Huguette Clark grew up surrounded by famous works of art in her father’s vast 121-room Fifth Avenue mansion in Manhattan. Her father William Andrews Clark, a copper mining mogul and former Montana Senator, bought out the auction houses of Paris, London and New York, amassing more than 200 paintings by masters such as Corot and Gainsborough and sculptures by Rodin. But while collecting art was her father’s passion, Huguette’s passion became creating it.
As a teenager, she began taking painting lessons from well-known Polish portrait painter Tade Styka, whose painting of Teddy Roosevelt now hangs in the White House. She was ferried by chauffeur to his studio along with a chaperone. Tade became fond of the sheltered but artistically inclined girl. She was a quick study, painting flowers, self-portraits and the view of Central Park from the window of her apartment. Their lessons were suspended when Tade returned to Paris.
In 1928, Huguette married William Gower, a Princeton graduate whose father had worked for William Andrews Clark. She gave him $1 million as a wedding gift but the couple separated after nine months. While waiting in a Reno hotel for her divorce, Huguette wrote to Tade, who had just returned to New York, to say, “I would like to seriously work with you this winter.”
From then on, she not only took lessons with Tade several days a week, but was also frequently his date in the evening, attending the theater or going out dancing. Each summer, Huguette would spend several months at her family’s estate in Santa Barbara, while Tade would return to Europe.
In 1933, Tade Styka began work on a haunting portrait of Huguette that shows her seated in front of the easel, intent on her artwork. He was painting her to amuse himself; this was not a commission. Wearing lace-up leather shoes, a skirt well below the knee and a blouse and jacket, she is totally focused on her work, with her brush on the canvas as she tries to capture an image. The back of the canvas faces the viewer so that one cannot see what she is painting. But off to the right is a well-proportioned naked male model, posing with his back to Huguette.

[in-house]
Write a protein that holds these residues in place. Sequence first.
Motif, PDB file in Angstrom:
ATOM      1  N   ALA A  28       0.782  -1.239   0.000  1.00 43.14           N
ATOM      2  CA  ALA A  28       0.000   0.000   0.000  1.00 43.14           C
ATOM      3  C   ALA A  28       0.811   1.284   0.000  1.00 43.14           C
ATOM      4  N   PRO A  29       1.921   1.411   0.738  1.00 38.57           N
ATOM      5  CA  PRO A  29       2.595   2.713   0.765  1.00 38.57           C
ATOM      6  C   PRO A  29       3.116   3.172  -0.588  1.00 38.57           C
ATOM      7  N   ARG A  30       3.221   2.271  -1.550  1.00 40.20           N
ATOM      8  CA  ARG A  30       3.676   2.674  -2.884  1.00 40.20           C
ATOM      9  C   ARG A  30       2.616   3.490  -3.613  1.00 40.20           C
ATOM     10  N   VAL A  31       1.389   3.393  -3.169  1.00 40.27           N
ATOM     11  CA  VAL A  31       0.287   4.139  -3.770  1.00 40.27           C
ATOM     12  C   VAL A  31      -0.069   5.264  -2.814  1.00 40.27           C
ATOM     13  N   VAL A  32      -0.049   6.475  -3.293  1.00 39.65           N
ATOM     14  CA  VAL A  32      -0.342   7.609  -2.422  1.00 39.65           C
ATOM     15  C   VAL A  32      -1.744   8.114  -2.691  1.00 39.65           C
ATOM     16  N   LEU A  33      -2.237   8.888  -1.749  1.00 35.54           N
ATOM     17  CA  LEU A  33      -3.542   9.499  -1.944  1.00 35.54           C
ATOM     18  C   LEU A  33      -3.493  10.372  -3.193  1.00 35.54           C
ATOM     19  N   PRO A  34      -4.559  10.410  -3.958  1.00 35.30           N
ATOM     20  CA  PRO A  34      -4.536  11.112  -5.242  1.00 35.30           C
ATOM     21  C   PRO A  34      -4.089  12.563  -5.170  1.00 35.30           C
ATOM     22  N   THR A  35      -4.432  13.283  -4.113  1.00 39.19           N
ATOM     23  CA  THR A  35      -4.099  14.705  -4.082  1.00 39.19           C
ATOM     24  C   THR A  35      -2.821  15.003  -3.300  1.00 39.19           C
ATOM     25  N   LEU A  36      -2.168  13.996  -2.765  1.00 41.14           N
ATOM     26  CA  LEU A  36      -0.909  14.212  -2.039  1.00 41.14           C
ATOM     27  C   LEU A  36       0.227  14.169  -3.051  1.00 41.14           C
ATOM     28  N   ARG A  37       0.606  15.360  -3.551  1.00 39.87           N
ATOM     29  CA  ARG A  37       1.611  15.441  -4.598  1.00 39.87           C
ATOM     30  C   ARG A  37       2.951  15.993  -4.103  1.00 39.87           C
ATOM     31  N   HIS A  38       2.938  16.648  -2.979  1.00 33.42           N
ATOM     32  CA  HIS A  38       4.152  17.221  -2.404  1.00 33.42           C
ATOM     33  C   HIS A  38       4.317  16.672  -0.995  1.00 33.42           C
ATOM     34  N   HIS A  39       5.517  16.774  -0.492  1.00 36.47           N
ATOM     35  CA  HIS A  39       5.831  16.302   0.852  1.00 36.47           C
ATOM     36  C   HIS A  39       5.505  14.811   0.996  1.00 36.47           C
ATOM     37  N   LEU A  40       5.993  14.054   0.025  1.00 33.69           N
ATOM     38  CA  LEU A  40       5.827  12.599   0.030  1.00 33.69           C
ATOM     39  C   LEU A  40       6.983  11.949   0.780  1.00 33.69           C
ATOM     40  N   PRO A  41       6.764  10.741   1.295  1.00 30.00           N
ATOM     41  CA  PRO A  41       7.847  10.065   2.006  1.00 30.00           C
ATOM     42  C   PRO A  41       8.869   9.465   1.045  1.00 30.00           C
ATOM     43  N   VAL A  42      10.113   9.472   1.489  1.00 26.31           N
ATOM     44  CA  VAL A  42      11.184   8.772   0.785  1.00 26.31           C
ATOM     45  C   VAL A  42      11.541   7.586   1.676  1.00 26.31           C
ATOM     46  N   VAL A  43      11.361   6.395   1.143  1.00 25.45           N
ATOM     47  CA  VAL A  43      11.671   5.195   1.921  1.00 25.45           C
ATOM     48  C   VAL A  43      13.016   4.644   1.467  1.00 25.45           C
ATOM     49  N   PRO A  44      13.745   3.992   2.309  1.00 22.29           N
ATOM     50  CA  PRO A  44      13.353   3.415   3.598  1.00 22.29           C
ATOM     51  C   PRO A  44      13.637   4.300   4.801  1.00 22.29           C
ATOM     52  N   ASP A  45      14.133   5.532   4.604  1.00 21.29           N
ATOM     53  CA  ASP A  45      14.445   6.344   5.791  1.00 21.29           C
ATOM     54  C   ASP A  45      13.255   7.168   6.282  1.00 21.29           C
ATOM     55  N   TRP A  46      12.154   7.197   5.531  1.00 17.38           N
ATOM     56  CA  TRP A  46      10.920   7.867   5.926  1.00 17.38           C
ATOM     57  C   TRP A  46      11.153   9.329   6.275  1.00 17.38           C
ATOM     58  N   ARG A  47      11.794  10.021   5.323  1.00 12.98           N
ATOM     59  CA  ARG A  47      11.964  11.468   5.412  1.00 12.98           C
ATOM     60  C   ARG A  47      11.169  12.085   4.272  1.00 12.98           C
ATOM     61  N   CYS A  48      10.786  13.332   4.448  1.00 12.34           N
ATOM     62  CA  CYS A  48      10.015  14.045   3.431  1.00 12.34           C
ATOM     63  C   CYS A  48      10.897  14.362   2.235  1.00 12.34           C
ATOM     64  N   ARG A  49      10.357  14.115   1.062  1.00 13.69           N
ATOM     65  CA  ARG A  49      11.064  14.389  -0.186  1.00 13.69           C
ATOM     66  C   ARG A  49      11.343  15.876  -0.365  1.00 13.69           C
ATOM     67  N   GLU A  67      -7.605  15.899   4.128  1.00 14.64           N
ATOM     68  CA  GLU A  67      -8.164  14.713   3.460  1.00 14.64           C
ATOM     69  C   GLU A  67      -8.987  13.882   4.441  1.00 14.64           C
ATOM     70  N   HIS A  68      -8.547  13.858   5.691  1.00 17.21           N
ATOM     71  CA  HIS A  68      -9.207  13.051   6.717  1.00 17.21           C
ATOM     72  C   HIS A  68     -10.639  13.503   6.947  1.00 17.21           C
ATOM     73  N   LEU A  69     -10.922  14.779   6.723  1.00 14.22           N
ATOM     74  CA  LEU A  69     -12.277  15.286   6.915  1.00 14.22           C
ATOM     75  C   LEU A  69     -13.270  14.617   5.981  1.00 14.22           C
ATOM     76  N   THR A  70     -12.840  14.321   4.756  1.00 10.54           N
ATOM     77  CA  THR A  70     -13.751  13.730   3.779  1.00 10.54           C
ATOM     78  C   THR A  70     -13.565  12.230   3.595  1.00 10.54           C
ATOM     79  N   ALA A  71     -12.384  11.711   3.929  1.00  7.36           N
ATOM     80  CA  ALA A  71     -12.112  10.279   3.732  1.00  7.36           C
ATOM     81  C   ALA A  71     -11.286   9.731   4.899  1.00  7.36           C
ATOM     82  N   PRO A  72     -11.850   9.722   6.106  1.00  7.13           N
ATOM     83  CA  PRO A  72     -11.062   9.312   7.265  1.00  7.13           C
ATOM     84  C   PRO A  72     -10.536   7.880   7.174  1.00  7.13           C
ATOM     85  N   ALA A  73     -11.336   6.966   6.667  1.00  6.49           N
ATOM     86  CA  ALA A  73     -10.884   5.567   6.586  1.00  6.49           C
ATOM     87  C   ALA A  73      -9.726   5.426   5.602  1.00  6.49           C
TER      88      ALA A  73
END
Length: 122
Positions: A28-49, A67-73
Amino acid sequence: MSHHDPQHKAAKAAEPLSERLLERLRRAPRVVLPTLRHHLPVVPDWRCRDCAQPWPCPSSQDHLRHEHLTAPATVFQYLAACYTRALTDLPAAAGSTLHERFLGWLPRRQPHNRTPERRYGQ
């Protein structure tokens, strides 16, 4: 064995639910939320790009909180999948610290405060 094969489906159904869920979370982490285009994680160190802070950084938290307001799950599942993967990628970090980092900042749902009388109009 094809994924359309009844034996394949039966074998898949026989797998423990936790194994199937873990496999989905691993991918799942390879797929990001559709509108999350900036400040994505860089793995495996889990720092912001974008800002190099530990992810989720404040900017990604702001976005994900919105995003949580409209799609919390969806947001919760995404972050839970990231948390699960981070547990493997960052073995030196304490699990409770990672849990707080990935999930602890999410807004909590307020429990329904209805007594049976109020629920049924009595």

Explaining his efforts to psychoanalyze his subjects, Tade once told a journalist, “I do not paint the mask, I paint the character beneath.” This painting is simultaneously serious and humorous as Tade reveals Huguette’s earnest school-girl determination to appear blase against the backdrop of the glorious sexuality of the male model. Tade understood Huguette’s quirky mixture of shyness and adventurousness in a way that no one else ever had or would.
Those hours at Tade’s studio on Central Park West were what Huguette lived for—the fulfillment of her own creativity plus the chance to bask in the teasing and supportive friendship of her teacher. They had an ongoing game: making silly bets for a dime. Tade saved a drawerful of Huguette’s dimes as an amusing symbol of how often he won. Tade was still resolutely single and Huguette fantasized that one day the relationship could turn to requited love. For her, it already was love.
One day in 1933, a visitor arrived at Tade’s studio during Huguette’s lesson, a young woman who had heard about the famous Polish artist and wanted to see his work. A 21-year-old model with high cheekbones, porcelain skin and long wavy brunette hair, Doris Ford had posed for magazine fashion spreads and illustrations. A New Jersey native, her father was a Naval architect and her mother was a pianist and painter. An art student herself, Doris had called Tade in advance to ask permission to visit and he invited her to come by at 1 p.m. Huguette took morning lessons and was usually gone by then, but today she was caught up in her work and her art teacher and lingered on.
When the elevator door opened and Doris walked into the room, she and Tade took one look at another—and it was a coup de foudre. Huguette saw the way they reacted to each other and she knew at that moment that the spinning globe of her life had just tilted off its axis. She put down her brush, politely excused herself and left for the day. Tade then invited Doris to show her technique by taking a brush to his current work-in-progress, his portrait of Huguette at her easel. Doris was nervous but began to touch up his version of the heiress. It was a symbolic moment that Doris never forgot. “She was so astounded that he would do that,” says Wanda Styka, the couple’s daughter, who heard the courtship tale from her parents. “She was so beautiful and he enjoyed it.” When Huguette decided to buy the completed painting several years later, Doris was dismayed to lose the artwork that held so much meaning for her too.
Now Huguette had a rival for the painter’s affections. She and Doris would circle around each other in the coming years, the blonde heiress and the younger brunette fashion model, waiting for this cosmopolitan older European artist to make up his mind.
MERYL GORDON is the author of The Phantom of Fifth Avenue, as well as the author of Mrs Astor Regrets: The Hidden Betrayals of A Family Beyond Approach. She is an award-winning journalist and a regular contributor to Vanity Fair. She is on the graduate journalism faculty at New York University’s Arthur L. Carter Journalism Institute. She is considered an expert on “elder abuse” and has appeared on NPR, CNN and other outlets whenever there is a high-profile case.
Excerpted from the book The Phantom of Fifth Avenue: The Mysterious Life and Scandalous Death of Heiress Huguette Clark by Meryl Gordon. Copyright © 2014 by Meryl Gordon. Reprinted by permission of Grand Central Publishing. All rights reserved.